Monday, April 20, 2015

Farage's market metaphysic.

I can only let this nonsense pass so many times.  Nigel Farage has been polishing this one-liner for a long time.  On every single issue related to immigration, he claims as his alibi the sacred laws of supply and demand.

Unemployment?  Simple.  You increase the supply of labour relative to demand, the level of unemployment will go up commensurately.  Low wages?  Simple.  You increase the supply of labour relative to demand, wages will go down commensurately.  Housing?  Simple.  You increase the demand for housing, and the price of houses goes up commensurately.  NHS?  Simple.  You increase the demand for NHS treatment, and foreigners with AIDS cause Brits to die of cancer commensurately.

And so on.  He did it again in the most recent leaders' debate.  These arguments are seductively simple, and tap into a certain common sense about how markets work, as well as into a nationalist presumption that the appropriate unit of analysis is the nation.  But they are also glib and misleading, and it is troubling that they haven't been seriously challenged.  Perhaps this is because the arguments against it are complex, but they can be distilled into a few simple, equally commonsensical points.  So, what follows is the long version, and then the shorter version.

Sticking with the example of wages and employment, any reasonably alert politician debating Farage could and should point out that the laws of supply and demand don't just exist within a given national market.  Markets are always politically constituted, but they don't have to be constituted exclusively at a national level.  The global trend toward regionalisation and the accompanying creation of 'free trade areas' demonstrates just this point.  The European Union free trade area is a politically constructed market in which there is currently relatively free movement in labour, capital and goods.  Now, UKIP specifically say that they would not try to remain within the free trade area as long as its treaties "maintain a principle of free movement of labour" - in other words, what they are opposed is not the free trade area, and not the free movement of capital and goods, but the free movement of people.  When we speak of the dynamics of supply and demand, we have to apply them across the whole free trade area.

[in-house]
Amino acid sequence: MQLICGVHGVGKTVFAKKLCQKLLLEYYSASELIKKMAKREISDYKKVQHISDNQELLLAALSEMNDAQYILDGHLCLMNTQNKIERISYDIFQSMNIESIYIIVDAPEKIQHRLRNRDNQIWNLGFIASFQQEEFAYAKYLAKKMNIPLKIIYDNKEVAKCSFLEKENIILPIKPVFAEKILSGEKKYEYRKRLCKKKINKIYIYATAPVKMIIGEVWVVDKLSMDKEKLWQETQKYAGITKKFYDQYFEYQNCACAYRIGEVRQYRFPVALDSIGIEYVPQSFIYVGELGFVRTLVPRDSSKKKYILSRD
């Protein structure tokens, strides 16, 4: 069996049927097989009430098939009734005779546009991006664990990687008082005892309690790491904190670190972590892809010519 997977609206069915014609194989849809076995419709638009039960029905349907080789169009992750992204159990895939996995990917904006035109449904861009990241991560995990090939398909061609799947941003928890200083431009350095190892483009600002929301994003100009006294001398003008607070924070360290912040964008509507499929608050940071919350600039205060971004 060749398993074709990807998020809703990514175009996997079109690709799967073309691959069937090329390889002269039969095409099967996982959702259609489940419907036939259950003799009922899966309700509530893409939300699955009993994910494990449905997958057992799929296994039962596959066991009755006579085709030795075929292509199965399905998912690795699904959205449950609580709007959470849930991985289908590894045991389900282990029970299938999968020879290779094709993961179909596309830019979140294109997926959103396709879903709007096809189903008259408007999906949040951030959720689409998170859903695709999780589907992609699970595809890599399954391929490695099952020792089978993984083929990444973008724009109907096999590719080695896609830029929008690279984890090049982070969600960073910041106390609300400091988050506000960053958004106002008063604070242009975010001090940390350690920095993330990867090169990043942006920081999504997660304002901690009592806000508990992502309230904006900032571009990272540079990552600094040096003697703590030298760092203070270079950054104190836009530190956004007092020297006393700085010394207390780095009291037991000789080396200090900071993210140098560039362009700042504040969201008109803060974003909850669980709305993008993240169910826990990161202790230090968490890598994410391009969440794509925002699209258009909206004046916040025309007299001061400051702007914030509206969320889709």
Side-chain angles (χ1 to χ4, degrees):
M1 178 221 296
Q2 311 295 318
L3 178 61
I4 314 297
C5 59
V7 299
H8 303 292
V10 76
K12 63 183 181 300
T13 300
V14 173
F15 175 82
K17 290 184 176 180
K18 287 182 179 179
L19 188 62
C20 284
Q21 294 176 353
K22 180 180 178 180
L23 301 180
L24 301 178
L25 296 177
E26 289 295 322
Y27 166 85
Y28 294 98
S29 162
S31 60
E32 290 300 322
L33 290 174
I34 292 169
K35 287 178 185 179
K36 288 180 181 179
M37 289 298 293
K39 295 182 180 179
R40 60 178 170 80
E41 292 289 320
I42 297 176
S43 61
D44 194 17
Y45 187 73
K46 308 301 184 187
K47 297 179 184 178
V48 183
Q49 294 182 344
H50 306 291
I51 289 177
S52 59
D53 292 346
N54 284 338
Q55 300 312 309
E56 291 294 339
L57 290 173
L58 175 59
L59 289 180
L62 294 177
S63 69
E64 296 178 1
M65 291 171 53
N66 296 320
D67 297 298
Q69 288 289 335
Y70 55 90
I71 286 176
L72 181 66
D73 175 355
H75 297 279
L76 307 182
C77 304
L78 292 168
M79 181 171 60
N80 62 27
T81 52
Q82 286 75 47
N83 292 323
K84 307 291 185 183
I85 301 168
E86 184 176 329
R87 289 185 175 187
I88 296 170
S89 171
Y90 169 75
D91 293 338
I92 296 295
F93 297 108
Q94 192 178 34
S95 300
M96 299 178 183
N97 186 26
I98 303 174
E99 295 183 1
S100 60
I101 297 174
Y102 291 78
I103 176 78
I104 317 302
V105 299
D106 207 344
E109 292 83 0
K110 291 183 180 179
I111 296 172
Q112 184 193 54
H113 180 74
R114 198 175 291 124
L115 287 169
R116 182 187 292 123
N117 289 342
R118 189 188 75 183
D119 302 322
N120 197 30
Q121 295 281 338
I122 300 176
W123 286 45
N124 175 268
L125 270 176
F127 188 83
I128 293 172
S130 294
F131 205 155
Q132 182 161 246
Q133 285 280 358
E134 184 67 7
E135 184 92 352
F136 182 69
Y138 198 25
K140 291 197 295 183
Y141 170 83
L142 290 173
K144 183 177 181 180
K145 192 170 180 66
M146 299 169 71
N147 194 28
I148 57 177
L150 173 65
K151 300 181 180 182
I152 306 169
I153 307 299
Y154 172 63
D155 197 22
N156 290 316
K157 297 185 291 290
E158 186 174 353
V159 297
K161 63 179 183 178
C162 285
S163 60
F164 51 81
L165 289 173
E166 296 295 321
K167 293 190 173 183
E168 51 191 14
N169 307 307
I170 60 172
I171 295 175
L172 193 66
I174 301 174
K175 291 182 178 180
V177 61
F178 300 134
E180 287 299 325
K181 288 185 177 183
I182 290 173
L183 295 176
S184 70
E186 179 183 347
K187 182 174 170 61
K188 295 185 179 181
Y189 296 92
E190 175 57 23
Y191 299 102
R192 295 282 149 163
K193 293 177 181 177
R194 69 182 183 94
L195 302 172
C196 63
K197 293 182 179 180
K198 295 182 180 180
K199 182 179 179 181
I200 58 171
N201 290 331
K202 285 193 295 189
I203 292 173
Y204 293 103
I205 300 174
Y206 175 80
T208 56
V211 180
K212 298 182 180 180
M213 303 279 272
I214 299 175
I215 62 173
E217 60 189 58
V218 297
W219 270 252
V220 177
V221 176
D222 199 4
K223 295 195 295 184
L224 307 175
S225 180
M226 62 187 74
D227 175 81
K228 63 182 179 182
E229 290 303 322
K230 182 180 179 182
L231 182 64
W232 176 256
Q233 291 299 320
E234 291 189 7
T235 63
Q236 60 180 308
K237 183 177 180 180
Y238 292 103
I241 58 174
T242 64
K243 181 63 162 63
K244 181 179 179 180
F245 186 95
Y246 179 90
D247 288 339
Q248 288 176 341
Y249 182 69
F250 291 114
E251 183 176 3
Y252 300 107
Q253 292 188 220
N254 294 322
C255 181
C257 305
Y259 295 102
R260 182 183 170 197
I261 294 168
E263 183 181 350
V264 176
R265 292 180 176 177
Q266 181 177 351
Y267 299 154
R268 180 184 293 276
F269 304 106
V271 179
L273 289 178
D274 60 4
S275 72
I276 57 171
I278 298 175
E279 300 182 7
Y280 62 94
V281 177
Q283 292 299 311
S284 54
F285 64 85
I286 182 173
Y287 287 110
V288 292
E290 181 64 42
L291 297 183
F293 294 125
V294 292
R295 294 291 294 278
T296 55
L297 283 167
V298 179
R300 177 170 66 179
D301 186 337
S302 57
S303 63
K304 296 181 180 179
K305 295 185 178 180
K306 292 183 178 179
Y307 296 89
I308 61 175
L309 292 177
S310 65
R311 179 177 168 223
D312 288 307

So at one level it's very simple.  If you impose national restrictions on the movement of labour, especially while capital still has freedom of movement - and, to reiterate, it is the principle of free movement of labour that UKIP opposes, specifically not the free movement of capital - you create higher unemployment and lower wages.  Why?  Because if workers can't move where the jobs are, they are stuck competing for work where the jobs aren't.  This sustains artificially high rates of unemployment and drives down wages.  It would be as if one introduced laws in the UK preventing workers from migrating from Newcastle to London and vice versa.  One might, with a strictly London-centric view, imagine that a resulting lower rate of net migration to the capital actually created a tighter labour market and benefited wages.  But since supply and demand doesn't just apply in London, the aggregate effect across the whole economy would be to drive down employment.  Unless, of course, businesses moved from London to Newcastle to benefit from lower wages in an area which otherwise has a comparable infrastructure and labour force, in which case there might be no net effect on employment, but a significant downward effect on wages.

The fact that the European free trade area is composed of national markets adds another dimension to this.  Within national markets there is an average cost of labour, determined in part by various inputs such as the price of food, housing, transport, the costs of raising a family, and so on.  If the cost of labour is lower in one national market relative to another, as it usually is, then consider the effect of having a free movement of capital without a comparable free movement of labour.  Some businesses would be empowered to move production to areas with low labour costs - provided there is an appropriately skilled, educated workforce and a viable infrastructure - thus adding a downward pressure to wages.  If workers in these countries can't move abroad to find higher paid work, then there is nothing to counter this downward pressure.  On the other hand, if workers can move abroad, not only will this reduce the pool of available labour in the low-waged economy, but the relatively lower cost of their labour is likely to mean that it will be possible for employers in the higher-waged economy to create new jobs which would otherwise not have existed.  In other words, the total rate of employment will be increased, while the downward pressure on wages created by the relative freedom of movement for employers would be counteracted.

The short version of this is: immigration controls in a market where employers have freedom of movement would drive down employment and drive down wages.  They would enable employers to exploit labour at its cheapest prices while undercutting wages and conditions for all workers in that market.